Nunc scio quid sit amor

Nunc scio quid sit amor

Vergil, The Aeneid, Book VIII, line 43. 

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Virgil flanked by two Muses, Bardo Museum, Tunisia

The Roman poet Virgil, seated with a sheet of scrolls in his hand, is attended by two Mousai, Kleio the Muse of history with a scroll, and Melpomene the Muse of tragedy with a tragic mask.

 

Now I know what love is.

September 21st is the day Publius Vergilius Maro, also known as just Vergil or Virgil, died in Naples in 19 B.C. I know what love is now because reading his Aeneid or hearing the stories of how he influenced others such as Horace are inspiring and up-lifting.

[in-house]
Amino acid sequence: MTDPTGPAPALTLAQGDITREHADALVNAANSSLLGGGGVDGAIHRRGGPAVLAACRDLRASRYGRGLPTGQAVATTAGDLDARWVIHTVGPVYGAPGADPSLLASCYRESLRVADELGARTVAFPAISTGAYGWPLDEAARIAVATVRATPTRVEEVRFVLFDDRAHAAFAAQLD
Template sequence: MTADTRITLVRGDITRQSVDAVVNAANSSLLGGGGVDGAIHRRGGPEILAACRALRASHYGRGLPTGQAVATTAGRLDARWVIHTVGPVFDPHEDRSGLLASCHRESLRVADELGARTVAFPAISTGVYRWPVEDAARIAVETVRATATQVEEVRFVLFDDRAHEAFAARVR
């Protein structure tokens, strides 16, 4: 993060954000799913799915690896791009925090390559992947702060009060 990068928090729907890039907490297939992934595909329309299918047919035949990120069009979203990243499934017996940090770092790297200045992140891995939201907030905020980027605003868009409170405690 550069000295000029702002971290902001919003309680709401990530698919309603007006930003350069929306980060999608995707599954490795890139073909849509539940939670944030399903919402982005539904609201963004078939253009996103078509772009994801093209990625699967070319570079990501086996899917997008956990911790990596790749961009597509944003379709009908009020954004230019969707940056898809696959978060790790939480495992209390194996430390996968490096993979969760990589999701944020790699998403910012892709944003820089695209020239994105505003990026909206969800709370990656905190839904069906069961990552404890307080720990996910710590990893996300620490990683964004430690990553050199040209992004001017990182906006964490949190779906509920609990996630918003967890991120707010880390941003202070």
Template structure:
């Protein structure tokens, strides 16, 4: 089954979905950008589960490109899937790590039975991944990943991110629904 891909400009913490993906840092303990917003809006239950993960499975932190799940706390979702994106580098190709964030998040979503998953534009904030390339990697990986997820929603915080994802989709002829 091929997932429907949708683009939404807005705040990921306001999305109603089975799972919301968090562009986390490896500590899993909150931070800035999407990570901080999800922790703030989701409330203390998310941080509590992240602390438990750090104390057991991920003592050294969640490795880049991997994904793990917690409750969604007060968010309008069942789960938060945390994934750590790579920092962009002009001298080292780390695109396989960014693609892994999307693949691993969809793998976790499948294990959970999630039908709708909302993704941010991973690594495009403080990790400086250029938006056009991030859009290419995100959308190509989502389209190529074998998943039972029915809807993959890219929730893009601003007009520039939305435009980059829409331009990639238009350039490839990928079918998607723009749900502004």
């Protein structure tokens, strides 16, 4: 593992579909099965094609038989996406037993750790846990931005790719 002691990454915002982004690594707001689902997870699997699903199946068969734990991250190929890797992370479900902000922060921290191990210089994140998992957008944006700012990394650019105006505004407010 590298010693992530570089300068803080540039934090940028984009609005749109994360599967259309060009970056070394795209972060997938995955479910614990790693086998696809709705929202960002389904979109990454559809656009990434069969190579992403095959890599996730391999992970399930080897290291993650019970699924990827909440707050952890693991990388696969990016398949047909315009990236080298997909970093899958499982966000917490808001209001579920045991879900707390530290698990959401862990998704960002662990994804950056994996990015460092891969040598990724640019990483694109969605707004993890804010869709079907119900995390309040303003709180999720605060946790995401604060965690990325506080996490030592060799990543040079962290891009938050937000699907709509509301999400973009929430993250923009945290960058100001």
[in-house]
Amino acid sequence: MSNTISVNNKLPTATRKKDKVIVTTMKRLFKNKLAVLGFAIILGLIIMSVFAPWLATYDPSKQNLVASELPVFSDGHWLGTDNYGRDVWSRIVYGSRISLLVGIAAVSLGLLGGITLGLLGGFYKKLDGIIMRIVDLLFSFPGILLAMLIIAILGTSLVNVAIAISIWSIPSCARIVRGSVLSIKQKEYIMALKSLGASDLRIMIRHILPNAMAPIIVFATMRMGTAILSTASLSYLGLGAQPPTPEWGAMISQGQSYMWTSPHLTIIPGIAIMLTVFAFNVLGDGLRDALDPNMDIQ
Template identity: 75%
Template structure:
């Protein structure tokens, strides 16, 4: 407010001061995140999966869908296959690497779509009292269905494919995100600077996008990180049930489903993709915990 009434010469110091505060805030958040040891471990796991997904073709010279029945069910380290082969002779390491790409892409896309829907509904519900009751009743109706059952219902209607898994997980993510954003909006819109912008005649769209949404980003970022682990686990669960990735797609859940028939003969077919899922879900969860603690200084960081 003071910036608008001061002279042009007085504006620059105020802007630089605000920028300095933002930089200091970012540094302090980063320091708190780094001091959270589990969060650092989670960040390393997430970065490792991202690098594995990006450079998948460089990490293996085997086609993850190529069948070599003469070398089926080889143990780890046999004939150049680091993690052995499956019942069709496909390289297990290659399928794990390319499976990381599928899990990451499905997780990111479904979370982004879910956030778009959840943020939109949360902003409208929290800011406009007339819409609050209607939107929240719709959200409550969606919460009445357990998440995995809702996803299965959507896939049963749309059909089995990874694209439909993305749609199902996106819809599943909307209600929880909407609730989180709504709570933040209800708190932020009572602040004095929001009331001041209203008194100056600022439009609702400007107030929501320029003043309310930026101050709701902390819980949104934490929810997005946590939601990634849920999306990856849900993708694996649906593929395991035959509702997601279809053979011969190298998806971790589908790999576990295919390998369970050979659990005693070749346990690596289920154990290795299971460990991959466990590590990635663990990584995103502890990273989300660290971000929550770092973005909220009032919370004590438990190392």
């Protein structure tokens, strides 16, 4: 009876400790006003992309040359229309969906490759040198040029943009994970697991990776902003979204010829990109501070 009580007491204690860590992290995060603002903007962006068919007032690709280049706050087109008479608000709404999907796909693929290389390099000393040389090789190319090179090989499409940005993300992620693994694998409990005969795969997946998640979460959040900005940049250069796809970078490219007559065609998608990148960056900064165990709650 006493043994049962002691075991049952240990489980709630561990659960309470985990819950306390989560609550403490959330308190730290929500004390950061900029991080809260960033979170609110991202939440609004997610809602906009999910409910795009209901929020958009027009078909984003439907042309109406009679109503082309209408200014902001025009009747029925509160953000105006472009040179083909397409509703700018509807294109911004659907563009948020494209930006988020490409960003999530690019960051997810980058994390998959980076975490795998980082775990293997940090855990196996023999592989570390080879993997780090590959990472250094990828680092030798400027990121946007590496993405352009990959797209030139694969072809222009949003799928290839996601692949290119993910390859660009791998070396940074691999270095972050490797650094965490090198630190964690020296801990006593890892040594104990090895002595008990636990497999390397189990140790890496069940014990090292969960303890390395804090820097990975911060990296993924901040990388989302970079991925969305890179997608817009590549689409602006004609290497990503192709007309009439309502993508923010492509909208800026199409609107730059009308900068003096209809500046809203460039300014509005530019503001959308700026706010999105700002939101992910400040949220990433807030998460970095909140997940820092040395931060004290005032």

Get to know Virgil. Read Virgil. I am still waiting for the day when I can finish his works. When you think you don’t have enough to read or are bored, read Virgil, and fall in love again.

Remember, ancient literature can inspire you and remove yourself from the everyday depressions and anxieties. When you see heroes in turmoil and overcoming obstacles, you see yourself being able to do the same in this life. Learn Latin and enjoy the reading twice in addition to learning English better.

 

 

 

 

 

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